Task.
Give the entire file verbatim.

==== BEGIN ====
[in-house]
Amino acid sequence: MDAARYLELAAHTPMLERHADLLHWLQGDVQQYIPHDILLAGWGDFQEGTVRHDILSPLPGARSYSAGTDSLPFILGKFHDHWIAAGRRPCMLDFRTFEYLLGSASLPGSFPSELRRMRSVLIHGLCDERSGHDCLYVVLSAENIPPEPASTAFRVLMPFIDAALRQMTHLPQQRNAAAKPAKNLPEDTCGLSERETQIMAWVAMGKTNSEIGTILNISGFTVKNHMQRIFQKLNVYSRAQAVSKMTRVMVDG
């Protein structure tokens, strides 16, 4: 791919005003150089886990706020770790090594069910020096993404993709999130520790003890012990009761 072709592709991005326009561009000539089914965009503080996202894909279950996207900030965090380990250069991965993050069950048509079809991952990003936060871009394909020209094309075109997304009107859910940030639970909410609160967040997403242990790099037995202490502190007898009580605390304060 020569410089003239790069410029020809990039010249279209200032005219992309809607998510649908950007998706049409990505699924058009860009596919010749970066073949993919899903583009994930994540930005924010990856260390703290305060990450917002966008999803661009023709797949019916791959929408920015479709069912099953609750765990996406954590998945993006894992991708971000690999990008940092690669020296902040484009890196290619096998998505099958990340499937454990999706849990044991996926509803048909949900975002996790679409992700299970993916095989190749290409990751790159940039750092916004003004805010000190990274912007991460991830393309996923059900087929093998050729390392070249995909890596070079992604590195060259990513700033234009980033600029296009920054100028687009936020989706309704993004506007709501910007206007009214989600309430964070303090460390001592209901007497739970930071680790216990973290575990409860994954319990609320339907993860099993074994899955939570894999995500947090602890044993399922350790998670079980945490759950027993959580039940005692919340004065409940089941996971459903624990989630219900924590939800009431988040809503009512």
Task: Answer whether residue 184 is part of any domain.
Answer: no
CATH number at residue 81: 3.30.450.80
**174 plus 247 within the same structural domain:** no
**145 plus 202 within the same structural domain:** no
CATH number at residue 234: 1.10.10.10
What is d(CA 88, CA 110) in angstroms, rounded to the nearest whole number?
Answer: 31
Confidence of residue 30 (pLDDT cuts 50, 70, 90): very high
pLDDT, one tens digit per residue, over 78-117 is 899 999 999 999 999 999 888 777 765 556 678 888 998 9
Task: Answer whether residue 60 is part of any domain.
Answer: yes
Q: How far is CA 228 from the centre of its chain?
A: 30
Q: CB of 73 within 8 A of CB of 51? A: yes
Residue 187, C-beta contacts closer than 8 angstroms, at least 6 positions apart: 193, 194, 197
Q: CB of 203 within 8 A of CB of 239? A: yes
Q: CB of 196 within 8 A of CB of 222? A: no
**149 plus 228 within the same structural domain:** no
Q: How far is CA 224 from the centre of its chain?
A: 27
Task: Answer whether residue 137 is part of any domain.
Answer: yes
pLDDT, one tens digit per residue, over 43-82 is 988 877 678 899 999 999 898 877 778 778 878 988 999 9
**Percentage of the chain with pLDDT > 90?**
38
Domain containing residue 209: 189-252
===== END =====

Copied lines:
[in-house]
Amino acid sequence: MDAARYLELAAHTPMLERHADLLHWLQGDVQQYIPHDILLAGWGDFQEGTVRHDILSPLPGARSYSAGTDSLPFILGKFHDHWIAAGRRPCMLDFRTFEYLLGSASLPGSFPSELRRMRSVLIHGLCDERSGHDCLYVVLSAENIPPEPASTAFRVLMPFIDAALRQMTHLPQQRNAAAKPAKNLPEDTCGLSERETQIMAWVAMGKTNSEIGTILNISGFTVKNHMQRIFQKLNVYSRAQAVSKMTRVMVDG
């Protein structure tokens, strides 16, 4: 791919005003150089886990706020770790090594069910020096993404993709999130520790003890012990009761 072709592709991005326009561009000539089914965009503080996202894909279950996207900030965090380990250069991965993050069950048509079809991952990003936060871009394909020209094309075109997304009107859910940030639970909410609160967040997403242990790099037995202490502190007898009580605390304060 020569410089003239790069410029020809990039010249279209200032005219992309809607998510649908950007998706049409990505699924058009860009596919010749970066073949993919899903583009994930994540930005924010990856260390703290305060990450917002966008999803661009023709797949019916791959929408920015479709069912099953609750765990996406954590998945993006894992991708971000690999990008940092690669020296902040484009890196290619096998998505099958990340499937454990999706849990044991996926509803048909949900975002996790679409992700299970993916095989190749290409990751790159940039750092916004003004805010000190990274912007991460991830393309996923059900087929093998050729390392070249995909890596070079992604590195060259990513700033234009980033600029296009920054100028687009936020989706309704993004506007709501910007206007009214989600309430964070303090460390001592209901007497739970930071680790216990973290575990409860994954319990609320339907993860099993074994899955939570894999995500947090602890044993399922350790998670079980945490759950027993959580039940005692919340004065409940089941996971459903624990989630219900924590939800009431988040809503009512």
Task: Answer whether residue 184 is part of any domain.
Answer: no
CATH number at residue 81: 3.30.450.80
**174 plus 247 within the same structural domain:** no
**145 plus 202 within the same structural domain:** no
CATH number at residue 234: 1.10.10.10
What is d(CA 88, CA 110) in angstroms, rounded to the nearest whole number?
Answer: 31
Confidence of residue 30 (pLDDT cuts 50, 70, 90): very high
pLDDT, one tens digit per residue, over 78-117 is 899 999 999 999 999 999 888 777 765 556 678 888 998 9
Task: Answer whether residue 60 is part of any domain.
Answer: yes
Q: How far is CA 228 from the centre of its chain?
A: 30
Q: CB of 73 within 8 A of CB of 51? A: yes
Residue 187, C-beta contacts closer than 8 angstroms, at least 6 positions apart: 193, 194, 197
Q: CB of 203 within 8 A of CB of 239? A: yes
Q: CB of 196 within 8 A of CB of 222? A: no
**149 plus 228 within the same structural domain:** no
Q: How far is CA 224 from the centre of its chain?
A: 27
Task: Answer whether residue 137 is part of any domain.
Answer: yes
pLDDT, one tens digit per residue, over 43-82 is 988 877 678 899 999 999 898 877 778 778 878 988 999 9
**Percentage of the chain with pLDDT > 90?**
38
Domain containing residue 209: 189-252